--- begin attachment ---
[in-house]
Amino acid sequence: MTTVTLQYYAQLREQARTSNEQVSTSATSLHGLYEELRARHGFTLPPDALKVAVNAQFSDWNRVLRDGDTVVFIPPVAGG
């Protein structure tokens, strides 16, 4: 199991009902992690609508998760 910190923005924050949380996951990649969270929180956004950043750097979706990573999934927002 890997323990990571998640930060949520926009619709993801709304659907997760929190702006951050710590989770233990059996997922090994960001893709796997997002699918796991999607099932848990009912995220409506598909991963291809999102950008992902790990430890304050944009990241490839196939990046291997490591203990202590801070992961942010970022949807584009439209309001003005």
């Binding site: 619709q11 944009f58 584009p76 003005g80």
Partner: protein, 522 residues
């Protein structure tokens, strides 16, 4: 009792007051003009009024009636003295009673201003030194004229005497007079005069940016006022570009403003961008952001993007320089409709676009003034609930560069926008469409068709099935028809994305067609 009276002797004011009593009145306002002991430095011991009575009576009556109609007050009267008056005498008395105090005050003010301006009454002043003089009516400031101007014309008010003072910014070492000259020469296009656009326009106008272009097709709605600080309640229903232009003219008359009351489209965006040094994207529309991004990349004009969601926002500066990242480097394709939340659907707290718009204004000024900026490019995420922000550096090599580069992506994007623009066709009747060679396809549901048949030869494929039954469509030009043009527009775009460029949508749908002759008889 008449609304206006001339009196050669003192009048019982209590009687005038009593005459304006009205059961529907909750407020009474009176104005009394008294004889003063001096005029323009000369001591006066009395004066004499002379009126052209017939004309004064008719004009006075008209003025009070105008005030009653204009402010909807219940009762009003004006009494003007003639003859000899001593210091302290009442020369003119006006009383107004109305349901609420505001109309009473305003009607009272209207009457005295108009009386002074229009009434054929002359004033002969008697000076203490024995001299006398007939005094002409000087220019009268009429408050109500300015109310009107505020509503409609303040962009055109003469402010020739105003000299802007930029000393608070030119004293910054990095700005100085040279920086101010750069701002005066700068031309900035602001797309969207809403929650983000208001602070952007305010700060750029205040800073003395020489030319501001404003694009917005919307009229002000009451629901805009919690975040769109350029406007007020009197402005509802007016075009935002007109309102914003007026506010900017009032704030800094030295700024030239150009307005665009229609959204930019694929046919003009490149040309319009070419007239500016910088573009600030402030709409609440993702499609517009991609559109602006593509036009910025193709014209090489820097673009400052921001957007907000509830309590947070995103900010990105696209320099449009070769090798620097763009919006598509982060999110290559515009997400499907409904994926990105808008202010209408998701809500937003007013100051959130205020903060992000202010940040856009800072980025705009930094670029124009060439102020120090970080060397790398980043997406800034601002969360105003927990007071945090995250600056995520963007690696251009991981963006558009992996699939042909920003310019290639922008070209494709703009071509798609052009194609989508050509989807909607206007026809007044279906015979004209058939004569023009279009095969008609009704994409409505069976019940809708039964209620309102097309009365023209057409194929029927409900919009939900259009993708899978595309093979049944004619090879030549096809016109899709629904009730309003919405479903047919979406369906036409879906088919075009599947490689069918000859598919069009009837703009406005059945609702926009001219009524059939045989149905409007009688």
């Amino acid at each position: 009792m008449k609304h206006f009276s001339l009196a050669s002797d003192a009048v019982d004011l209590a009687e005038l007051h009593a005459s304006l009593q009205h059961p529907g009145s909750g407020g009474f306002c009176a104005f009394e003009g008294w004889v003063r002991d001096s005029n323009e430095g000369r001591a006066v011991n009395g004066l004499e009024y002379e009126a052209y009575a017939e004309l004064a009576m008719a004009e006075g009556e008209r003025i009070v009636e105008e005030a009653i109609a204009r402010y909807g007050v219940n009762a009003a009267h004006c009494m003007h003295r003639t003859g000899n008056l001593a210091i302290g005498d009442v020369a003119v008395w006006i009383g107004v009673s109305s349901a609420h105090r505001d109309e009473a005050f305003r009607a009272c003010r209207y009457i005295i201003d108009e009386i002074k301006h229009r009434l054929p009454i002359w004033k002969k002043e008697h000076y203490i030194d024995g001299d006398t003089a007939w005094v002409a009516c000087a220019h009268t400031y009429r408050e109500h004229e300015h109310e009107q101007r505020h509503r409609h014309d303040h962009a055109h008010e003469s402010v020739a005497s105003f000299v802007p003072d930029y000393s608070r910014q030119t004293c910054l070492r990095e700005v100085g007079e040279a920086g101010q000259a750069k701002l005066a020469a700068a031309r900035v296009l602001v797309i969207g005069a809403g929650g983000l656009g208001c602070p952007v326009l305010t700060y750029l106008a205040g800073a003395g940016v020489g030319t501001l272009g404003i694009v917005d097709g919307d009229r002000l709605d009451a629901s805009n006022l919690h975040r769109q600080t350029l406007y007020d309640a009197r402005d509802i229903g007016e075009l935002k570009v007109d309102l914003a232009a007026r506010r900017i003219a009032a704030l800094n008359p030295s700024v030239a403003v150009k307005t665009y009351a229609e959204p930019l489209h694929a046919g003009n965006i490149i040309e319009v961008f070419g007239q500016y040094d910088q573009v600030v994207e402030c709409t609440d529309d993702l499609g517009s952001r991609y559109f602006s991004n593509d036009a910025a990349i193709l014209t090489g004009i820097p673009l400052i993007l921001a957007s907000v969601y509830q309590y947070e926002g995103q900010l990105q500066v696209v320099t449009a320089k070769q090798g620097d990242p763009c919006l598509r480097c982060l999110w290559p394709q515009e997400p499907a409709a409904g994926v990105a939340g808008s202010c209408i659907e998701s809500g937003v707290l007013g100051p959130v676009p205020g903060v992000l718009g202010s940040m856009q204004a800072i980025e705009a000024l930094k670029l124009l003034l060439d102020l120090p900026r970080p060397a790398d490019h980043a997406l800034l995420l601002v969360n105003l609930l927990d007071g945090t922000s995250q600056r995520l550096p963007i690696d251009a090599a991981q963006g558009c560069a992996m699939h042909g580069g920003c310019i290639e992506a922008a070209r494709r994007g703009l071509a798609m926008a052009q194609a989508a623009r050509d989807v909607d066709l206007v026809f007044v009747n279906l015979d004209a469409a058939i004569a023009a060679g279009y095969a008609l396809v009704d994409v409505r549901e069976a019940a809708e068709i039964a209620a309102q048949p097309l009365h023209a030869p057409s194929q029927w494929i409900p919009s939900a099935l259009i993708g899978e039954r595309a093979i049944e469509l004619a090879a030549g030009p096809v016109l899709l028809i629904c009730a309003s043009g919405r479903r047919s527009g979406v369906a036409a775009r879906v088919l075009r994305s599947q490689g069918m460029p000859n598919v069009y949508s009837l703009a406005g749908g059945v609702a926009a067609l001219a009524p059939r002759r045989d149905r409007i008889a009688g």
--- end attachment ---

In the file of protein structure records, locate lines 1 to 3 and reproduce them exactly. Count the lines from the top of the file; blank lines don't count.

[in-house]
Amino acid sequence: MTTVTLQYYAQLREQARTSNEQVSTSATSLHGLYEELRARHGFTLPPDALKVAVNAQFSDWNRVLRDGDTVVFIPPVAGG
């Protein structure tokens, strides 16, 4: 199991009902992690609508998760 910190923005924050949380996951990649969270929180956004950043750097979706990573999934927002 890997323990990571998640930060949520926009619709993801709304659907997760929190702006951050710590989770233990059996997922090994960001893709796997997002699918796991999607099932848990009912995220409506598909991963291809999102950008992902790990430890304050944009990241490839196939990046291997490591203990202590801070992961942010970022949807584009439209309001003005």